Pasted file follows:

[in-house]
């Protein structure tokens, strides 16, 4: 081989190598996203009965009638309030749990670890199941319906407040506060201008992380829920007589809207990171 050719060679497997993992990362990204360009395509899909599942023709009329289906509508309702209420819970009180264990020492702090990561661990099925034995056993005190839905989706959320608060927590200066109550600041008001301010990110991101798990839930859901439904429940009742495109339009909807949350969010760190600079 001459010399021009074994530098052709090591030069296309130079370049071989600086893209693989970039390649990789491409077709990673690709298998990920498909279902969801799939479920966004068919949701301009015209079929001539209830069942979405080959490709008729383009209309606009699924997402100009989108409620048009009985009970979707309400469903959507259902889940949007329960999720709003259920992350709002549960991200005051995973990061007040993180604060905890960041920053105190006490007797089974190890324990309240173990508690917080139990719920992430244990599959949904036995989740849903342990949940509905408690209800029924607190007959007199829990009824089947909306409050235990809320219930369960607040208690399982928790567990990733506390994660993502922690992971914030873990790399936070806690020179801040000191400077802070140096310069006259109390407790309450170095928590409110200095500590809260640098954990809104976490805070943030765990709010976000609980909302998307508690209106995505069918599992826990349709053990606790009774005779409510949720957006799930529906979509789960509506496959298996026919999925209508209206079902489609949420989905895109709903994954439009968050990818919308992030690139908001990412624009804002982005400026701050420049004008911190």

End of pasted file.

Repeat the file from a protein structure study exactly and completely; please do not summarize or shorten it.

[in-house]
């Protein structure tokens, strides 16, 4: 081989190598996203009965009638309030749990670890199941319906407040506060201008992380829920007589809207990171 050719060679497997993992990362990204360009395509899909599942023709009329289906509508309702209420819970009180264990020492702090990561661990099925034995056993005190839905989706959320608060927590200066109550600041008001301010990110991101798990839930859901439904429940009742495109339009909807949350969010760190600079 001459010399021009074994530098052709090591030069296309130079370049071989600086893209693989970039390649990789491409077709990673690709298998990920498909279902969801799939479920966004068919949701301009015209079929001539209830069942979405080959490709008729383009209309606009699924997402100009989108409620048009009985009970979707309400469903959507259902889940949007329960999720709003259920992350709002549960991200005051995973990061007040993180604060905890960041920053105190006490007797089974190890324990309240173990508690917080139990719920992430244990599959949904036995989740849903342990949940509905408690209800029924607190007959007199829990009824089947909306409050235990809320219930369960607040208690399982928790567990990733506390994660993502922690992971914030873990790399936070806690020179801040000191400077802070140096310069006259109390407790309450170095928590409110200095500590809260640098954990809104976490805070943030765990709010976000609980909302998307508690209106995505069918599992826990349709053990606790009774005779409510949720957006799930529906979509789960509506496959298996026919999925209508209206079902489609949420989905895109709903994954439009968050990818919308992030690139908001990412624009804002982005400026701050420049004008911190």